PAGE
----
Autism More Common -- and Treatable -- Than Once Thought
WebMD News Archive
June 26, 2001 -- The clock is ticking for the many autistic children who could greatly benefit from early treatment.
A British study confirms that the various forms of autism -- now known as pervasive developmental disorders or PDDs -- are much more common than once thought. Moreover, the study finds that most children have mild forms of the disorder. With early treatment, many of these kids could lead relatively normal lives. Without it they face loneliness and institutionalization.
"Our findings are consistent with two other studies, including one by the CDC in America," study leader Eric Fombonne, MD, tells WebMD. " Unless we provide services at an early age, these children will not develop normally. The earlier we intervene, the better the outcome."
Fombonne and colleague Suniti Chakrabarti, MD, of King's College in London, report in this week's Journal of the American Medical Association that PDD is 10 times more common than earlier estimates suggested. By carefully screening 15,500 children aged 2.5-6.5 years, they found that more than six out of every 1,000 children suffer from some form of PDD. This closely matches the findings of a 1998 CDC study conducted in New Jersey.
"It gives me the shivers how common this is, and how many children could benefit from being found and treated early," says Susan L. Hyman, MD, professor of pediatrics at New York's University of Rochester School of Medicine and author of an editorial accompanying the Fombonne report.
Children with PDD suffer from a poorly understood biological problem thought to be caused by a combination of different genes. Problems usually begin soon after birth -- but since PDD children look completely normal, the seriousness of these problems may not be obvious at first. PDD children do not develop normal language skills, and their nonverbal communication is abnormal, too.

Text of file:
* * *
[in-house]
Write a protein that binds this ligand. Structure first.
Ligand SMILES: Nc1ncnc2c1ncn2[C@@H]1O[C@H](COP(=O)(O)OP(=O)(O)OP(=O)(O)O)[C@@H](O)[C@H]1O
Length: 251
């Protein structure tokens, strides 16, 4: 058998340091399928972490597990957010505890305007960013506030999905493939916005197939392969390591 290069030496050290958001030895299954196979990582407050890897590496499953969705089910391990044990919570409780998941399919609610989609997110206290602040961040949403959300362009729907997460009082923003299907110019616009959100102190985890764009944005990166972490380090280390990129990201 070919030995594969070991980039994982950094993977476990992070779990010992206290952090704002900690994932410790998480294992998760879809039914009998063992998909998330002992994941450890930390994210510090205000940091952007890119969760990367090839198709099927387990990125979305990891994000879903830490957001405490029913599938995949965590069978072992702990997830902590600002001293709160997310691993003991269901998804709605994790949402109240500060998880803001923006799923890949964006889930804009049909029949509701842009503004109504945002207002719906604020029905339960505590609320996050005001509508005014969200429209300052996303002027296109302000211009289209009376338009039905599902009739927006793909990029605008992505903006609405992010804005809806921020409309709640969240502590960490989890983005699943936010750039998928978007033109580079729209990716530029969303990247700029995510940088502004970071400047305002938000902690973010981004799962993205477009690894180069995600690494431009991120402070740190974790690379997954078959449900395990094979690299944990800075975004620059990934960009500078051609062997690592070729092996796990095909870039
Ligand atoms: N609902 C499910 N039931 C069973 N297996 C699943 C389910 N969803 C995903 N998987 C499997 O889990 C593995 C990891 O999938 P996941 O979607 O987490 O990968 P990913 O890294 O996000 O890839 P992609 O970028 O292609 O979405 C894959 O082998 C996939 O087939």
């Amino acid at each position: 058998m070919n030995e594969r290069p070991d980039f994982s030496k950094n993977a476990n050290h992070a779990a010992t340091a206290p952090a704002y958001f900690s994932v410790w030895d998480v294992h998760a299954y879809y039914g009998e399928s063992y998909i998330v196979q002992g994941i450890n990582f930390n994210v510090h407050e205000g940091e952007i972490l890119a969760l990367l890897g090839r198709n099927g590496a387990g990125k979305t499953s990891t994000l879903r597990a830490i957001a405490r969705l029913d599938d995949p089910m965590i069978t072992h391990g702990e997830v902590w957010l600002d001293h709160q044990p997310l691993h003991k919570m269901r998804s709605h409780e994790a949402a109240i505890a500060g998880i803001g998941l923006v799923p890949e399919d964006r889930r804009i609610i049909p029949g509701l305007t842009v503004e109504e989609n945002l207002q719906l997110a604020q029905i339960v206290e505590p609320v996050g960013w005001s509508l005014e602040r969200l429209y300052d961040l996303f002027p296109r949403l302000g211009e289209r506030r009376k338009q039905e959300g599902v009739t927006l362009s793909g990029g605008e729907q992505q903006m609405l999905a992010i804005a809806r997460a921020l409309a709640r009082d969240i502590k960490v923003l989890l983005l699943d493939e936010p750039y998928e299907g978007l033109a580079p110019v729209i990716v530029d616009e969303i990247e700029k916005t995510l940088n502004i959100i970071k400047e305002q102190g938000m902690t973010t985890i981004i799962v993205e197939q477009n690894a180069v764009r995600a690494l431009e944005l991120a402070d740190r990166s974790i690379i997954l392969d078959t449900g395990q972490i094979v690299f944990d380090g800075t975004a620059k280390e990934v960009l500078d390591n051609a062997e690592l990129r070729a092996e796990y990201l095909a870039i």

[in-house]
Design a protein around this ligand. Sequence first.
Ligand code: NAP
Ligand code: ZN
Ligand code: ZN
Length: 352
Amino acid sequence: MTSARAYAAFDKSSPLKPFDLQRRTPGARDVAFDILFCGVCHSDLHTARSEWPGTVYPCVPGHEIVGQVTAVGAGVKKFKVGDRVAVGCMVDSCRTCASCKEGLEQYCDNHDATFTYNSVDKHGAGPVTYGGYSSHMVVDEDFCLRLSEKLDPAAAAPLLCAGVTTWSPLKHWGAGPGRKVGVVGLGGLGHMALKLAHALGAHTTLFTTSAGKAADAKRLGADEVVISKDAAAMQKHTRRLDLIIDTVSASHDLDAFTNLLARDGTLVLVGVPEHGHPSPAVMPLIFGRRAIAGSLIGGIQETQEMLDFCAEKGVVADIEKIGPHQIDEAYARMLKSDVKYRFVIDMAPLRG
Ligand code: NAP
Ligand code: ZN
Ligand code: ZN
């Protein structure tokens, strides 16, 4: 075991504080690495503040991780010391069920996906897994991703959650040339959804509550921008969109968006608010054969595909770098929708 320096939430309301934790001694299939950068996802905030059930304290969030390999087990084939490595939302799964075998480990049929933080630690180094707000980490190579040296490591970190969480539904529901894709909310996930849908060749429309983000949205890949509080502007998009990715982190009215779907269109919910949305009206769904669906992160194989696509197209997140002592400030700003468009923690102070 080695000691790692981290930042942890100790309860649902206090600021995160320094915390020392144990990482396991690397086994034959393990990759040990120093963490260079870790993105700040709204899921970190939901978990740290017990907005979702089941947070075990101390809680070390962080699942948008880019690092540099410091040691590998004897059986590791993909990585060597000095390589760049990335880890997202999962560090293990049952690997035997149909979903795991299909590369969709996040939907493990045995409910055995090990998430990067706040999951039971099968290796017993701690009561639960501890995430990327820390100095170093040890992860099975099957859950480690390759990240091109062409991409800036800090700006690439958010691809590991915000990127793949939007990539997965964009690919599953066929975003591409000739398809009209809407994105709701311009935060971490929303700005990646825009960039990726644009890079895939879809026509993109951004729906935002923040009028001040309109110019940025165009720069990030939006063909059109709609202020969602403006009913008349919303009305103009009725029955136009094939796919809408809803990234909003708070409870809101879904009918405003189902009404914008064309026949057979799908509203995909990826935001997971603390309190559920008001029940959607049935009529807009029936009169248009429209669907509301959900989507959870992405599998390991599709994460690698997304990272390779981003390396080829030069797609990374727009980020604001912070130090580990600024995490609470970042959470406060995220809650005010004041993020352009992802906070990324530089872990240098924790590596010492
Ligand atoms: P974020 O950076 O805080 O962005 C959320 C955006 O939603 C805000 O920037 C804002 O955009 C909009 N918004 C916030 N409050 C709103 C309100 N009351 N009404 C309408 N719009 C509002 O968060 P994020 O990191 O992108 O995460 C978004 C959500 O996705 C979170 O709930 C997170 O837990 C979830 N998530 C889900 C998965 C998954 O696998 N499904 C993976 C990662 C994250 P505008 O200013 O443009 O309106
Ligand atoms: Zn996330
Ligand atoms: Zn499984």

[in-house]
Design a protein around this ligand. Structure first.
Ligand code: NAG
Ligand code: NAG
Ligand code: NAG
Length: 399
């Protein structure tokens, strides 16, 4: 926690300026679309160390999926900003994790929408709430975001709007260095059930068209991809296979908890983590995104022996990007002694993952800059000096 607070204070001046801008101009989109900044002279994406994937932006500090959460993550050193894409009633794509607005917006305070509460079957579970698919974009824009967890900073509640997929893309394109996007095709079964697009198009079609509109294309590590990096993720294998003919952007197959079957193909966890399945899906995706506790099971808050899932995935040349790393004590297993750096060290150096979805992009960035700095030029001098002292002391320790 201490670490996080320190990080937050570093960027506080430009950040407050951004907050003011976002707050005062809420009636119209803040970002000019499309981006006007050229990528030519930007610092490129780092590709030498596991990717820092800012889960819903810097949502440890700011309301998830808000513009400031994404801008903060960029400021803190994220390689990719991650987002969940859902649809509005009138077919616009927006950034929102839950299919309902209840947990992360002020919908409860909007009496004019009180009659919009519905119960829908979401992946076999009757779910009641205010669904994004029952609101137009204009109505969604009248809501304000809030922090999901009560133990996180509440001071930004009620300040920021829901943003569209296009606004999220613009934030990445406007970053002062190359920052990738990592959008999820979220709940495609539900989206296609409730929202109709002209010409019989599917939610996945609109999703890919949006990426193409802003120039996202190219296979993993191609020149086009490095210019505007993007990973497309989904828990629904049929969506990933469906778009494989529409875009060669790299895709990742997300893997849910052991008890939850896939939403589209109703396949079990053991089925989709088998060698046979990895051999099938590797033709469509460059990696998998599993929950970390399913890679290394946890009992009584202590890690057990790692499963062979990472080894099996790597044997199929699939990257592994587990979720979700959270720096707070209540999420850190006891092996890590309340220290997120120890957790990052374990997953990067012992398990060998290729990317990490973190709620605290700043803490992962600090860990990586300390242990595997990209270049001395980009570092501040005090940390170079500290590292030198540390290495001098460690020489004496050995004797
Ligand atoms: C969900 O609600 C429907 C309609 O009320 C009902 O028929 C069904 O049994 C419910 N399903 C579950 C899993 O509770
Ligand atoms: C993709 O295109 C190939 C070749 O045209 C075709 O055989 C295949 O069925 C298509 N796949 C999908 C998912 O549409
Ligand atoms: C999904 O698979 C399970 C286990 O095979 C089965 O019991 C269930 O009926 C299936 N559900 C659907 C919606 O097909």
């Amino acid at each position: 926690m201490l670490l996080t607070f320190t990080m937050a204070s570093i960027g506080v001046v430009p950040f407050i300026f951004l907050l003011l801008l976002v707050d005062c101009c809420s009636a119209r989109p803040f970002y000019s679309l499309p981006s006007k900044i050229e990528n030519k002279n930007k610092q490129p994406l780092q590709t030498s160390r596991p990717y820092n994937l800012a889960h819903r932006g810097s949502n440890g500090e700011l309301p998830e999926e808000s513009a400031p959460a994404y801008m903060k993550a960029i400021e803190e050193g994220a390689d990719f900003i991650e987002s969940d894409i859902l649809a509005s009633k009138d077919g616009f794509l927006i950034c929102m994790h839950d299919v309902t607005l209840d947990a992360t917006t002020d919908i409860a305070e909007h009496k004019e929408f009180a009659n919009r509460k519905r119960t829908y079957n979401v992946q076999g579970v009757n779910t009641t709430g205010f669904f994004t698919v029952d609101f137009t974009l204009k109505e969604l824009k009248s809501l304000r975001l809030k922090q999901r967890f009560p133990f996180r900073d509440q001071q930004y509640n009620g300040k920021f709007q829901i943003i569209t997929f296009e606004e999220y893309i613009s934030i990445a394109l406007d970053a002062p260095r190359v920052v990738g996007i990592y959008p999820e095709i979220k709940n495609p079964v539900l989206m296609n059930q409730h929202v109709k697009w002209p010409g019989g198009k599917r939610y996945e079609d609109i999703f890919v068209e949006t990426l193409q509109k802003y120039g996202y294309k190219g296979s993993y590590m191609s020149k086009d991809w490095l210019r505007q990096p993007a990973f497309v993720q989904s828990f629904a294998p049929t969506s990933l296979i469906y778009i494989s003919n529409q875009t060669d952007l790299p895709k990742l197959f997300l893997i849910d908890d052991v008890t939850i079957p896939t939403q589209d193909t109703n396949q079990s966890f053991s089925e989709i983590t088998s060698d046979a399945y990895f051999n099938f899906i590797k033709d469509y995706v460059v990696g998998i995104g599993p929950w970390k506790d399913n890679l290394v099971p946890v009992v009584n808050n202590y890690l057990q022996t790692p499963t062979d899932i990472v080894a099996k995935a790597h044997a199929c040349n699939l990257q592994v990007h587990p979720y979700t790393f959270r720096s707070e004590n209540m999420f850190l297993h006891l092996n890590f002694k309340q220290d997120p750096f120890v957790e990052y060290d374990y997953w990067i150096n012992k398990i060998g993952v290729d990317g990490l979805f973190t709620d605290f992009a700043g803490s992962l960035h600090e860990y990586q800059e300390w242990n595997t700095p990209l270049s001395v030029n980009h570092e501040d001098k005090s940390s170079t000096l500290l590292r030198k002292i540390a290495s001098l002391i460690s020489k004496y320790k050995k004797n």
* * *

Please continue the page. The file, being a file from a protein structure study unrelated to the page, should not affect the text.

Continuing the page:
"These children don't develop the body language that a child uses to communicate with caregivers," psychologist Janet Kistner, PhD, tells WebMD. "If a kitten comes into child's line of vision, most kids will express delight and look over to their parent to share in that experience. That is the kind of thing children with autism won't do." Kistner is director of clinical psychology training at Florida State University, in Tallahassee.
A surprising finding from the Fombonne and Chakrabarti study is that the vast majority of children with PDD are not retarded; in fact, a large proportion has normal intelligence and just one in four has any degree of retardation. Fombonne suggests that early treatment may offer PDD children a chance for even better mental development.
"The treatments that are available certainly don't cure PDD, but children who have had intensive interventions seem to do better," Patricia M. Rodier, PhD, tells WebMD. "It seems quite important to identify them much earlier." Rodier, co-author of the Hyman editorial, is director of the collaborative program of excellence in autism at the University of Rochester.
"What pediatricians need to do is [make] early diagnosis, because there are things you can do," Hyman stresses. "Parents being worried is the best screening tool we doctors have. If parents say something is not right, that should raise suspicion."